Hundreds start to flock to shores of Manila Bay

Published February 3, 2019, 3:33 PM

by Dhel Nazario, Jeffrey G. Damicog, and Rey G. Panaligan

By Erma Edera

Hundreds of people persisted on swimming in the polluted waters of Manila Bay despite a ban imposed by the city government on swimming in the area, and the continued effort by public and private groups to clean the shoreline.

“From dito po, mga 300 meters… maitim pa. Maitim pa ‘yung dagat kaya hindi pa pwedeng paliguan. May mga basura pa po ‘yan sa ilalim,” Metropolitan Manila Development Authority (MMDA) Metro Parkway Cleaning Group head Francis Martinez said.

BACK TO THE BAY – A throng of beachgoers line the shore of Manila Bay in Manila Sunday, ignoring government warnings that its waters are still too polluted to swim in. Its condition is expected to improve after a campaign was launched to go after the establishments that have long been dumping untreated wastewater into the bay. (ALI VICOY / MANILA BULLETIN)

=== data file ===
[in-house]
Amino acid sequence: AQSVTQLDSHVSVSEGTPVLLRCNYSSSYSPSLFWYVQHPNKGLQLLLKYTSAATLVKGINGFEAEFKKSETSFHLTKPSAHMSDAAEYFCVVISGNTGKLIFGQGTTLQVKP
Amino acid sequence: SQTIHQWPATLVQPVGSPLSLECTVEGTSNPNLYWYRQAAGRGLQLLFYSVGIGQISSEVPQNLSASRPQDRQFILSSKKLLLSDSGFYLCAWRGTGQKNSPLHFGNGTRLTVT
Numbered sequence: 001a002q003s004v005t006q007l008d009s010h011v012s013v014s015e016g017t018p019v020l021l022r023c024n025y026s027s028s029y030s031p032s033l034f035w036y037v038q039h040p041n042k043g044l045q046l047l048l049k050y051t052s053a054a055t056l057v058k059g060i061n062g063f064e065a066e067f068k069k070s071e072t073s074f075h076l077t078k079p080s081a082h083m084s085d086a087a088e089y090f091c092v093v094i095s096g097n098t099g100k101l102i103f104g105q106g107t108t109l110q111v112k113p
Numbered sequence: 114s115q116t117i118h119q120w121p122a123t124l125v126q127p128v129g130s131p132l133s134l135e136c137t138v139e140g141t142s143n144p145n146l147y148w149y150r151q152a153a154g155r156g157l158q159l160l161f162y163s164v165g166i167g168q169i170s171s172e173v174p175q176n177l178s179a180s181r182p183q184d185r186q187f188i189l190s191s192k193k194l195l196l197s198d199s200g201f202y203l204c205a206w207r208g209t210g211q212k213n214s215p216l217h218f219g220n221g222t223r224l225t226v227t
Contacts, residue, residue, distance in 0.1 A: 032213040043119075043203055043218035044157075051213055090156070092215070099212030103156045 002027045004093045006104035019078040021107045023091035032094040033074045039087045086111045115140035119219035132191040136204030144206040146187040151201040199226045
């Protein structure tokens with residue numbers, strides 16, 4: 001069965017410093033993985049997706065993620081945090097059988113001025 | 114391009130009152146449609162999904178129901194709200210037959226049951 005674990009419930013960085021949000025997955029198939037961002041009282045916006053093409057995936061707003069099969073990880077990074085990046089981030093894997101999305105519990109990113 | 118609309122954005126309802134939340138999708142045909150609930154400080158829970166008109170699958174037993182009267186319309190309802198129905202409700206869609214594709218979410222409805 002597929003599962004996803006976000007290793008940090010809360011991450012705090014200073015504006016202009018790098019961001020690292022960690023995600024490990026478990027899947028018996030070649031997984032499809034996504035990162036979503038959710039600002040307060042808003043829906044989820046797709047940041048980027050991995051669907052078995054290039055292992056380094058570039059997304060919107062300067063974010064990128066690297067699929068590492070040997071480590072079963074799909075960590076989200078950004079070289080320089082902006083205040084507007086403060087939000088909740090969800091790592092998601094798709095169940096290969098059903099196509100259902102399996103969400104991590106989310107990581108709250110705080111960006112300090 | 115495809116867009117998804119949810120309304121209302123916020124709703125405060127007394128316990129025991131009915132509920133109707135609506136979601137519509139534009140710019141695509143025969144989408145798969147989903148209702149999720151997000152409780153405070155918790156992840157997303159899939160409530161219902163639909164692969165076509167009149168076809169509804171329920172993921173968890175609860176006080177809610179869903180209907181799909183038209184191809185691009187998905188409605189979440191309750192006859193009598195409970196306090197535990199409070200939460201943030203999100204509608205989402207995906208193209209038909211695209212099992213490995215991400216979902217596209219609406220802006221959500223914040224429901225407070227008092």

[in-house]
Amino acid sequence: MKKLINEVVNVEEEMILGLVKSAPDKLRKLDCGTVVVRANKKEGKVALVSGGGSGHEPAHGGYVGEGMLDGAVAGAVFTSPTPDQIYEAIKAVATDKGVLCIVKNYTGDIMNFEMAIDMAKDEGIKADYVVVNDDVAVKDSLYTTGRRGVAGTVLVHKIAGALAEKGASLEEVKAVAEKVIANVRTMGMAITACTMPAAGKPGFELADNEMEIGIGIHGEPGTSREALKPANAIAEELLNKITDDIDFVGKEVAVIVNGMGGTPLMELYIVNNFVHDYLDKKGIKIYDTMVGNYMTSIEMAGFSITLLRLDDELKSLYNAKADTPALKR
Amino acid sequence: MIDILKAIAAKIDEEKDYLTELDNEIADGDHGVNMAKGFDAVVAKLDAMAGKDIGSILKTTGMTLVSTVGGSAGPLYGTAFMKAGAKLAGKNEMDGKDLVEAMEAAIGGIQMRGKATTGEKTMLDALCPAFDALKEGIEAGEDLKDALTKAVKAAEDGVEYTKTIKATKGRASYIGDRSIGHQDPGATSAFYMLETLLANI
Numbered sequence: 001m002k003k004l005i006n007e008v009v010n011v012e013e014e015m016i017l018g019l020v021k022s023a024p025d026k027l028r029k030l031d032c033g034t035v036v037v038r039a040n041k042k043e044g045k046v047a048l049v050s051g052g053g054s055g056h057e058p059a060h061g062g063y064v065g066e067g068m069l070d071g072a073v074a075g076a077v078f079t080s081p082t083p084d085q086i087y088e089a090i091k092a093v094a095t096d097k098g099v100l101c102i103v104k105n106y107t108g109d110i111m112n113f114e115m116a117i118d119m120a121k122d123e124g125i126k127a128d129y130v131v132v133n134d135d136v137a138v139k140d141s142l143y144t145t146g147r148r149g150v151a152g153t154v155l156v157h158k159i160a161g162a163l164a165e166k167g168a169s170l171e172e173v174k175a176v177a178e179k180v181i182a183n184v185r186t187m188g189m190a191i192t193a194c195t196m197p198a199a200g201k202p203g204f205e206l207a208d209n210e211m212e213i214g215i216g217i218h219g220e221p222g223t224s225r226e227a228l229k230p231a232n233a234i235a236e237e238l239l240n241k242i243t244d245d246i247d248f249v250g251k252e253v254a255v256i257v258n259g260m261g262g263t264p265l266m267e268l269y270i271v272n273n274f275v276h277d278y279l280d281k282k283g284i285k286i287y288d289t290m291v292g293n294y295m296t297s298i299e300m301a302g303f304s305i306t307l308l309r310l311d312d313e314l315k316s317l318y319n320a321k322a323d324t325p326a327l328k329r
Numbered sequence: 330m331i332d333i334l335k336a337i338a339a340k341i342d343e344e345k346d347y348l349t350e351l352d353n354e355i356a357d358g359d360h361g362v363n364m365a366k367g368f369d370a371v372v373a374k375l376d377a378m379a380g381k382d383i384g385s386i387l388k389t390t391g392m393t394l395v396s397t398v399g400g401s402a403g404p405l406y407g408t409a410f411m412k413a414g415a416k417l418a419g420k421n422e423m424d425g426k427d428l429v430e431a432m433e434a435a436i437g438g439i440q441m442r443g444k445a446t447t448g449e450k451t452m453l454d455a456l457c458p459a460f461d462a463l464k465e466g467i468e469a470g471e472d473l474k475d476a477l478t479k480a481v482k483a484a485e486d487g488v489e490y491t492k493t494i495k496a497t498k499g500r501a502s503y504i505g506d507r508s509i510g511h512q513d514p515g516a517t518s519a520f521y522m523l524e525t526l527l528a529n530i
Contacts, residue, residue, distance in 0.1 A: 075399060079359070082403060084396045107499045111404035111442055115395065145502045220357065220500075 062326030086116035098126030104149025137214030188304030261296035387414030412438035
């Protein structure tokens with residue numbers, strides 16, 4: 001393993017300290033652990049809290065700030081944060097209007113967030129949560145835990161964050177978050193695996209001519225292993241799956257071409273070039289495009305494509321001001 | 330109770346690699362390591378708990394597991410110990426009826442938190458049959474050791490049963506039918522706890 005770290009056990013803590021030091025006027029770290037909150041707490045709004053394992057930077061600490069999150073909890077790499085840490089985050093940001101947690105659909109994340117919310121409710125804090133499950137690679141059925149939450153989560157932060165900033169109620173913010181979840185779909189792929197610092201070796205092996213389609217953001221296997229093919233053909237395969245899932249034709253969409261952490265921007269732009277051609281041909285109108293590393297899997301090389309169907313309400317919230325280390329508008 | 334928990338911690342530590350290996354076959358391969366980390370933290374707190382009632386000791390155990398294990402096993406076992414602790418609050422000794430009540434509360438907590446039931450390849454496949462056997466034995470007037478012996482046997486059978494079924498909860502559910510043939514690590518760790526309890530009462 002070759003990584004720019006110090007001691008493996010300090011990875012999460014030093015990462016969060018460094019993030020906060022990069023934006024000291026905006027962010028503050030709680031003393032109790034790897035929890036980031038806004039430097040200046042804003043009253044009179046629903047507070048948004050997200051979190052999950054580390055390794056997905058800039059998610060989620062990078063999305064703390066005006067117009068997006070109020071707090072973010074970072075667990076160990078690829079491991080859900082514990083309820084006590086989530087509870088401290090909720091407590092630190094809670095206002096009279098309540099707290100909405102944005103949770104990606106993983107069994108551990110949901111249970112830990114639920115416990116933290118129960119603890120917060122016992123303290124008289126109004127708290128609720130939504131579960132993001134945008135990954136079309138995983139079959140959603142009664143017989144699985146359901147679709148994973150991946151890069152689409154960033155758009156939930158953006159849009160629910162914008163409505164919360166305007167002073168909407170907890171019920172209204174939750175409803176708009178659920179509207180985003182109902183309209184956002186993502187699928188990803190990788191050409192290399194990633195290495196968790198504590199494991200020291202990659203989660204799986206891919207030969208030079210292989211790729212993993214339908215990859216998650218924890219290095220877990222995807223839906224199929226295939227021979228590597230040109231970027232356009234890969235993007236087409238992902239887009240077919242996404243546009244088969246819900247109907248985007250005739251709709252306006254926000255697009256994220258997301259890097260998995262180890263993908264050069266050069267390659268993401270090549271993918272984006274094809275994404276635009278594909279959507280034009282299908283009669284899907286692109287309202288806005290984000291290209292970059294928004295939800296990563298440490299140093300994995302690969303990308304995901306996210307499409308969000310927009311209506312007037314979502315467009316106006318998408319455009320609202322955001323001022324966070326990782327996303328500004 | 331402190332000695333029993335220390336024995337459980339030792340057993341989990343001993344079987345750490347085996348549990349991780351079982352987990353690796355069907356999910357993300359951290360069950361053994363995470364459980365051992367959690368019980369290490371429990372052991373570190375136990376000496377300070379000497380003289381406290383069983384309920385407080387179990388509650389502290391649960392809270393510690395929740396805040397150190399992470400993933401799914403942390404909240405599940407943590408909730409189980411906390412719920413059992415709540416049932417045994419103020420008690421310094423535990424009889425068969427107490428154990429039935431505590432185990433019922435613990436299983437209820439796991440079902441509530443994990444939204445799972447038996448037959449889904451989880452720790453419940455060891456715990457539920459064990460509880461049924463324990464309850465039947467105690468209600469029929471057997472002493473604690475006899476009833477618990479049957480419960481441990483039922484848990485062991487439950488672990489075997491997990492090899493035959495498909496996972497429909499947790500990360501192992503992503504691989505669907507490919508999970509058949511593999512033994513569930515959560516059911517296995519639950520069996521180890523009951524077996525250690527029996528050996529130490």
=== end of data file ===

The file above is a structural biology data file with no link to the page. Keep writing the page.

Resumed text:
BACK TO THE BAY – A throng of beachgoers line the shore of Manila Bay in Manila Sunday, ignoring government warnings that its waters are still too polluted to swim in. Its condition is expected to improve after a campaign was launched to go after the establishments that have long been dumping untreated wastewater into the bay. (ALI VICOY / MANILA BULLETIN)

The initial phase of the Manila Bay rehabilitation was hailed by Filipinos after photos of a trash-free coastline circulated online, a stark contrast from the dirty, garbage-filled shoreline just a week ago.

The changed environment was a result of the clean-up drive on January 27 that was participated by different government workers and volunteers in light of the Manila Bay rehabilitation program.

The Department of Health on Thursday also advised the public against swimming in the bay, saying that while the water appeared to be clean, it did not mean that it was safe to bathe in.

Despite the ongoing massive clean-up drive of the Department of Environment and Natural

Among the water-borne diseases the public might get from swimming in Manila Bay were diarrhea, cholera, typhoid, dysentery, skin diseases and eye infection, the DOH said.

The initiative was referred to as the “Battle for Manila Bay” by Environment Secretary Roy Cimatu, where different government agencies were tasked to immediately oversee the rehabilitation as stated in a Supreme Court order written in 2008.

 
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